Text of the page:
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Discuss Sex Differences In Parental Investment

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Discuss sex differences in Parental Investment (24 marks)   The biggest and most apparent different in parental investment is that it is much easier for males to pot out o parental investment, than it is for women. Parental investment theory suggests that the sex that makes the larger investment (females) will be more sexually discriminating when choosing a partner. It also says that males, who are the sex that makes the smallest investment, have to compete for the highest investing females.   The investment made by females is considerably greater than the investment made by males. This may be because women produce much fewer eggs than males do sperm, therefor females have much fewer opportunities to reproduce than males. It may also be due to parental certainty, females definitely know that the child is theirs whereas males cannot be certain that a child is theirs. The higher investment by females may also be due to the act that the cost of childcare is far higher to women. ...read more.


  Having a child that is a product of an extra marital affair is also referred to as cuckoldry. There are benefits to cuckoldry, however there are also many risks. Benefits of cuckoldry include having a child that have good genes, but also having a partner that is both emotionally and financially supportive of, what they believe to be, their child. One disadvantage of cuckoldry is the possibility of abandonment if the women's partner was to find out. Daly and Wilson (1988) also said that there is a high risk of violence by the current partner towards the woman and the other male.   Commonly parental investment is significantly less than maternal investment. It is suggested that this is due to the act that males have to protect themselves from the risk of cuckoldry, investing in a child that isn't theirs. As a result of this they try to ensure that they do not misplace their investments into non-relative through things such as adultery laws. Sexual infidelity proposes different adaptive problems for males and females. ...read more.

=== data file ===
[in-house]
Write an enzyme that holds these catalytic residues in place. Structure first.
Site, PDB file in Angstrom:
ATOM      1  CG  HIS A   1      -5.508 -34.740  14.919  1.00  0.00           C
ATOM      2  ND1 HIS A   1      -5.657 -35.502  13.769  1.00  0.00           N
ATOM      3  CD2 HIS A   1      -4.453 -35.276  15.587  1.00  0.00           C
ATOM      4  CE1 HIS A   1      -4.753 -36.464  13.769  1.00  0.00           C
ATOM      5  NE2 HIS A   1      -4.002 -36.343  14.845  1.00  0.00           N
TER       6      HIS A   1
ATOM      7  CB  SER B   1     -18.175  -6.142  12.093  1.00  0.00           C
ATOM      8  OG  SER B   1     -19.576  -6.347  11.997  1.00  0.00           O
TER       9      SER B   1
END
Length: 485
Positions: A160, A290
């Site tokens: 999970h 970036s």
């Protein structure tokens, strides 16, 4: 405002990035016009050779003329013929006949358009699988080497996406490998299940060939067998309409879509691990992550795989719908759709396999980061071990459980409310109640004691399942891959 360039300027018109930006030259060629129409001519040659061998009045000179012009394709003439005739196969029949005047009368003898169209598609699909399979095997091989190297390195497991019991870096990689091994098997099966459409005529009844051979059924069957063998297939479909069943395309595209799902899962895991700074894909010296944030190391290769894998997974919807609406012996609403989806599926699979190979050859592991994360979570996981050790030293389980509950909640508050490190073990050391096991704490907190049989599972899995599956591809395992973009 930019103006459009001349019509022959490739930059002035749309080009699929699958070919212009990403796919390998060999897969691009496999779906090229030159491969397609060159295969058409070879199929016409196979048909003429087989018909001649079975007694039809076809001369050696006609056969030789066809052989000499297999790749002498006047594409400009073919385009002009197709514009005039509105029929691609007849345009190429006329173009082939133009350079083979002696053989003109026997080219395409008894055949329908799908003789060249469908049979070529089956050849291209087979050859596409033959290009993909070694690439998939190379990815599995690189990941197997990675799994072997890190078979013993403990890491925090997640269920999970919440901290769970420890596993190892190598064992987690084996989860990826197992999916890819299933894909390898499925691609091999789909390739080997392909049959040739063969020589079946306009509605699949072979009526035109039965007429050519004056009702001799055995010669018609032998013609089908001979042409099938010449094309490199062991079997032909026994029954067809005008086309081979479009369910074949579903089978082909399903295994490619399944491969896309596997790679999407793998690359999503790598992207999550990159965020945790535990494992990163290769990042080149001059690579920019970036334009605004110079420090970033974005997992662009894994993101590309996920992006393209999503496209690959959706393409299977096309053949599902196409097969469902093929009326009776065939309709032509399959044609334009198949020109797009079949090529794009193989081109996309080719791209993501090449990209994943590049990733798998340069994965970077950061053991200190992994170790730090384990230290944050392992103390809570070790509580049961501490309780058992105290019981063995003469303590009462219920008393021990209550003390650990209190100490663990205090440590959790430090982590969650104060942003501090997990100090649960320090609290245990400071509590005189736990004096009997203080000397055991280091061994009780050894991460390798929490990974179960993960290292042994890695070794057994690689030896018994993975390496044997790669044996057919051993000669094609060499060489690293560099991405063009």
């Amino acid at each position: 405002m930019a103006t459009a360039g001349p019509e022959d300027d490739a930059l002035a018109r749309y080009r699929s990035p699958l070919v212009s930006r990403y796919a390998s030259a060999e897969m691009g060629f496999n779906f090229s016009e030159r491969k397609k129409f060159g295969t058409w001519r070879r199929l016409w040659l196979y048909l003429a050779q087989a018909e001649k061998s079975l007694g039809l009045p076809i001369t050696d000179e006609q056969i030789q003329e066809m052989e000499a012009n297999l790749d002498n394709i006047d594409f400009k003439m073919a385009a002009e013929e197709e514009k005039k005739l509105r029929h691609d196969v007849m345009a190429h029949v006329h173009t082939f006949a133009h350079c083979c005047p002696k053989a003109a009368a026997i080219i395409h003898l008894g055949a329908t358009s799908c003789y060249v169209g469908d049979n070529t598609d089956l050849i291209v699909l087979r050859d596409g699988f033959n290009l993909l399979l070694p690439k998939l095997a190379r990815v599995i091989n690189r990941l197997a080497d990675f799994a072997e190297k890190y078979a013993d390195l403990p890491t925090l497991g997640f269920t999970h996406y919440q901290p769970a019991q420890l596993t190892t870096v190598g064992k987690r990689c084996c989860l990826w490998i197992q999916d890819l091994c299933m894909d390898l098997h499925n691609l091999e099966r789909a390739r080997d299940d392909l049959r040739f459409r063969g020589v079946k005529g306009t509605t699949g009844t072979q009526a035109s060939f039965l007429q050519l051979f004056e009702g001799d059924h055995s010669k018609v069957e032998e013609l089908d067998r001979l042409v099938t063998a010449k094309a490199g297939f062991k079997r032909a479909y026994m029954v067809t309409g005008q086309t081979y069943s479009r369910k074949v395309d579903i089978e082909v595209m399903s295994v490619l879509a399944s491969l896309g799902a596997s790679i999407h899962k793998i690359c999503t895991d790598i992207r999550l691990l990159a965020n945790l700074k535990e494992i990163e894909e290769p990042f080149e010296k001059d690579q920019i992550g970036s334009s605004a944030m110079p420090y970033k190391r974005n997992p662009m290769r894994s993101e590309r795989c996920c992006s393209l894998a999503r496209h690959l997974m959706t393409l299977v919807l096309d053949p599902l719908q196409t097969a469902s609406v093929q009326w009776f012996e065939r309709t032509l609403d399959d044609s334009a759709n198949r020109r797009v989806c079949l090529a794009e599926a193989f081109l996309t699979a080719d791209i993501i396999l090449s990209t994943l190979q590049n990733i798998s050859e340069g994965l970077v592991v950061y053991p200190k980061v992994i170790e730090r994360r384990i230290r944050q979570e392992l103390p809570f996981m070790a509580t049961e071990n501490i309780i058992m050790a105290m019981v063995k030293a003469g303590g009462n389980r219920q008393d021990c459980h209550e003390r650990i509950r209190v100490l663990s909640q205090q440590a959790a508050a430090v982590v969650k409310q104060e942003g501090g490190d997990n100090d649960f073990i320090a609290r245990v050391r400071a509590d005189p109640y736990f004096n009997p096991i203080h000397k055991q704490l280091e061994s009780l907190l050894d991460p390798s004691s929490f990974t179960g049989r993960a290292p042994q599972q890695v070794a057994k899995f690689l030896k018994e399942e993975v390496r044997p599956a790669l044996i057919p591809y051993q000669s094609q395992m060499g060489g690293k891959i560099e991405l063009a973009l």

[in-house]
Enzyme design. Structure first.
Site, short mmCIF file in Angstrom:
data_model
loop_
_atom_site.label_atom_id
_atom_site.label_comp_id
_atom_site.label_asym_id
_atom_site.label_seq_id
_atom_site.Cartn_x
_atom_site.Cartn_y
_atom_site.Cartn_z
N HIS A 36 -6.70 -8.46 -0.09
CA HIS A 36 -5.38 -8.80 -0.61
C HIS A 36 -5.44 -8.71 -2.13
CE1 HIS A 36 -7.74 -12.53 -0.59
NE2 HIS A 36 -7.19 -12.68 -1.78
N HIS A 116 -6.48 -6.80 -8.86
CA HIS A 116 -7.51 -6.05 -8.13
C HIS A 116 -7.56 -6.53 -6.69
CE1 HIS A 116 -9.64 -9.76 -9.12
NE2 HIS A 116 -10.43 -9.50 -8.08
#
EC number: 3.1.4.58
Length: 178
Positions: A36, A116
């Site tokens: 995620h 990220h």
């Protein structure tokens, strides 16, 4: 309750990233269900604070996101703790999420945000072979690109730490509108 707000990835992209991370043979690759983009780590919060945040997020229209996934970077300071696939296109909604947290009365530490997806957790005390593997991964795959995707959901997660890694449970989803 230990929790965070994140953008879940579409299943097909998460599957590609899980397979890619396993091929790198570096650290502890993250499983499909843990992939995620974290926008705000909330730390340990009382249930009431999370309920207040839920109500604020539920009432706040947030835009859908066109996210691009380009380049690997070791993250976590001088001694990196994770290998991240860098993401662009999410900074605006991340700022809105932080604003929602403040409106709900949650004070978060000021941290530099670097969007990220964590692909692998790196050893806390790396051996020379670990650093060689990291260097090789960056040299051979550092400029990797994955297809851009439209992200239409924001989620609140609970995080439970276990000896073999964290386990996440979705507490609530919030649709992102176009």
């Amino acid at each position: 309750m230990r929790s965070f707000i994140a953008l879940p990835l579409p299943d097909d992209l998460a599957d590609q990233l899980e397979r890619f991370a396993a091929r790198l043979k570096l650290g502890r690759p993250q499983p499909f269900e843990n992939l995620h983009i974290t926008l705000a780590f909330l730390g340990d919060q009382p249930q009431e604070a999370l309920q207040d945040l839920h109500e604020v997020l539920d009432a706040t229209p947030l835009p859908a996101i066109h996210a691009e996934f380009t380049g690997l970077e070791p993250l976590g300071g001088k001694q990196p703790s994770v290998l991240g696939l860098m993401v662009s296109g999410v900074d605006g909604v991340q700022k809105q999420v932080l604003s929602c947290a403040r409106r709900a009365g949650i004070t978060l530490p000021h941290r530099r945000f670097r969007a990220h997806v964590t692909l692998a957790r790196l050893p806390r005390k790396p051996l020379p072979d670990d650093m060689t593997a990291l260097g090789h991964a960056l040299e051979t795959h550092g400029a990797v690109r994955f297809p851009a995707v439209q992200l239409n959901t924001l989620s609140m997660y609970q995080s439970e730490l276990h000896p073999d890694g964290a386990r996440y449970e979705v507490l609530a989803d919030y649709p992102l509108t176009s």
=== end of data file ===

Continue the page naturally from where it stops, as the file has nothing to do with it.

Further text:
This shows that evolutionary explanations of paternal investment are reductionist as they do not consider the number of different factors that may affect paternal investment. It also shows that overall the explanation on paternal investment is deterministic as it assumes that all men typically invest very little in their children because they are male and ignores the possibility that in some cases a father may be more investing in a child than their mother.   Parental certainty is used to explain paternal investment. However research has indicated that parental certainty is not always an issue for human males. Parental investment theory suggest that investment by fathers would always be greater if they knew that they child was biologically theirs. However some studies have contradicted this suggestion. Anderson (1999) measured the resources (time spent with child and financial support) invested by fathers and stepfathers. From his study he found that there was little difference in the investment men made in their step children and their own biological children. This shows that the parental investment explanation of paternal investment may not be credible as its main explanation, parental certainty, may not be a determining factor to the paternal investment made by males.     ...read more.

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